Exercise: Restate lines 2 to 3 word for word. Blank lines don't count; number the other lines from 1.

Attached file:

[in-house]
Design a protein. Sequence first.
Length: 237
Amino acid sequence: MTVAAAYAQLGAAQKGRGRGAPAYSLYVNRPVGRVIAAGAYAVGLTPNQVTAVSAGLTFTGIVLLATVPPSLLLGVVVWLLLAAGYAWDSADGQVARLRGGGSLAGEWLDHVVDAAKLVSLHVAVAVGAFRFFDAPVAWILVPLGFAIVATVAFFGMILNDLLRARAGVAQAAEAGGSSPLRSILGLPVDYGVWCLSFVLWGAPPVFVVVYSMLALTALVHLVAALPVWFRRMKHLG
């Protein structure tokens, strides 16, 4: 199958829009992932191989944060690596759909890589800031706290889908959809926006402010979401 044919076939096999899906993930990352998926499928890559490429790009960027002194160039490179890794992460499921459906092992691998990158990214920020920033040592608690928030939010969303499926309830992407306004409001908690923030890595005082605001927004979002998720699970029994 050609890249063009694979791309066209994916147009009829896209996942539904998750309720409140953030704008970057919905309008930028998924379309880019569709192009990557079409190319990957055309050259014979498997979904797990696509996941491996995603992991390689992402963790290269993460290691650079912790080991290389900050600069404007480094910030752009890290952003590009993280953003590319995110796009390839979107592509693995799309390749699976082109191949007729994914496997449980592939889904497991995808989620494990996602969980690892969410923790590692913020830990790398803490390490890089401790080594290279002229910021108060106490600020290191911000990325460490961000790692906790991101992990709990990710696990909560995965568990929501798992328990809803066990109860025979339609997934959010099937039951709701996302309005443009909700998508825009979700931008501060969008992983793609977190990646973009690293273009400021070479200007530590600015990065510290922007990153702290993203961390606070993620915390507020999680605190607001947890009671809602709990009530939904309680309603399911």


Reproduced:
Design a protein. Sequence first.
Length: 237